In order to bill Medicare for home health services, all notes, orders and clinical documentation for the episode must be signed and in the medical record prior to dropping claims. Sounds simple, right? Homecare 101. And yet, our whole industry is plagued by rumors. Like old wives’ tales some of these false beliefs become so embedded within an organization that nobody has a clue that they might be doing anything inappropriate. Here are two of the billing myths I have heard lately:
- Since agencies are paid per episode, it doesn’t matter if all visit notes are in the chart prior to billing. Only therapy notes are required to be in the chart prior to billing. And yet, here is what the OIG suggests as part of a plan to ensure that agencies comply with Medicare billing guidelines:
Provide for sufficient and timely documentation of all nursing and other home health services, including subcontracted services, prior to billing to ensure that only accurate and properly documented services are billed; Emphasize that a claim should be submitted only when appropriate documentation supports the claim and only when such documentation is maintained, appropriately organized in a legible form, and available for audit and review.
- If an order is written after an episode ends such as when auditing clinical records, it is not necessary to wait for signatures because the order was not written during the duration of the episode. Here is how Palmetto GBA tells us to avoid denials:
When responding to an ADR, verify orders for all services billed are included with the medical records. Ensure physician orders, for all services billed, are obtained prior to providing the service and prior to billing Medicare, and are submitted for review. Ensure all oral/verbal orders are countersigned and dated by the physician before the final claim is billed to Medicare. In the event the physician fails to date his/her signature, write or date stamp the date the order was received back from the physician. The stamp date must include the word “received” and should be in black ink, as red and blue ink will not photocopy.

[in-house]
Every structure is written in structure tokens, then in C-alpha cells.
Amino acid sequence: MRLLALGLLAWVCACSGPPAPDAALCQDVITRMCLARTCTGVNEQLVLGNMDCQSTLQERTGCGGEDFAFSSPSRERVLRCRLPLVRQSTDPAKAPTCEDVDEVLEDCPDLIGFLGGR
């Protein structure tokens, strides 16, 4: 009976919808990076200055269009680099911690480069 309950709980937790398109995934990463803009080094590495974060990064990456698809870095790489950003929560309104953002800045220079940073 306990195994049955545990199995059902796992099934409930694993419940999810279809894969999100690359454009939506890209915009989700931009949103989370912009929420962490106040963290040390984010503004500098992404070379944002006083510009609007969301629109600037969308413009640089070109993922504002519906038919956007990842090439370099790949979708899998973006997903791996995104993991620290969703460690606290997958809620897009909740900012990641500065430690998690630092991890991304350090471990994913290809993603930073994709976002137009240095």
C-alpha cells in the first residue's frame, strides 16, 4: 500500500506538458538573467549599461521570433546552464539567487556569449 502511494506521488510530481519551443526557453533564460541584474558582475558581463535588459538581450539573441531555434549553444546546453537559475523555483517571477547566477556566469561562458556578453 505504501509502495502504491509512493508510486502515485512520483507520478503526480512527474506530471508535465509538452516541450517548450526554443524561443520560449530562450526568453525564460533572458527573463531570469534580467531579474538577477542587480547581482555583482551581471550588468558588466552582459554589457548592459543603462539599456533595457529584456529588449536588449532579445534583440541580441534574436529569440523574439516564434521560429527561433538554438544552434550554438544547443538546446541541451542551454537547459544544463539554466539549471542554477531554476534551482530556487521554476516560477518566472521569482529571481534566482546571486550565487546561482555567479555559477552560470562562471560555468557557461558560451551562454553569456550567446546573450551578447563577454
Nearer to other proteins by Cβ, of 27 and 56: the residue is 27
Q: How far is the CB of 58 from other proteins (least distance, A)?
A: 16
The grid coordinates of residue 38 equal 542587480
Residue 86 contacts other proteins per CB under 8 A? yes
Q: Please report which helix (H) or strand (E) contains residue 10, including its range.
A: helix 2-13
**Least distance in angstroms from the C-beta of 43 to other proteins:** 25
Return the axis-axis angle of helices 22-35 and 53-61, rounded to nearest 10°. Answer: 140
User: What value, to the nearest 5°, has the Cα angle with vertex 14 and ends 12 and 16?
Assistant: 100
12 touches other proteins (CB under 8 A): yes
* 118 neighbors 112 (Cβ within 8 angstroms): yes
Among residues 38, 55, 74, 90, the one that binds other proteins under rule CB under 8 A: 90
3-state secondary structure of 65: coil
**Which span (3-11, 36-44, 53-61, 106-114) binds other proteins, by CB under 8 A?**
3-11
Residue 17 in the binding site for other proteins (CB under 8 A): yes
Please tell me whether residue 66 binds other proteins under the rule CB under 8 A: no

Even though it is not mandatory that agencies have a compliance plan, there are many good reasons to implement one. Chief among them is a promise by the Office of the Inspector General that sentencing guidelines are influenced by the presence of a compliance plan. Regardless of whether your agency chooses to implement a formal plan or not, these billing guidelines are mandates and must be followed. To do otherwise is to put your agency in serious regulatory or financial risk.
We always welcome your comments and questions below or if you choose, you may email us at firstname.lastname@example.org. As always we are available to assist agencies in implementing a corporate compliance plan. If you choose to go it alone, please refer to the OIG sample compliance plan.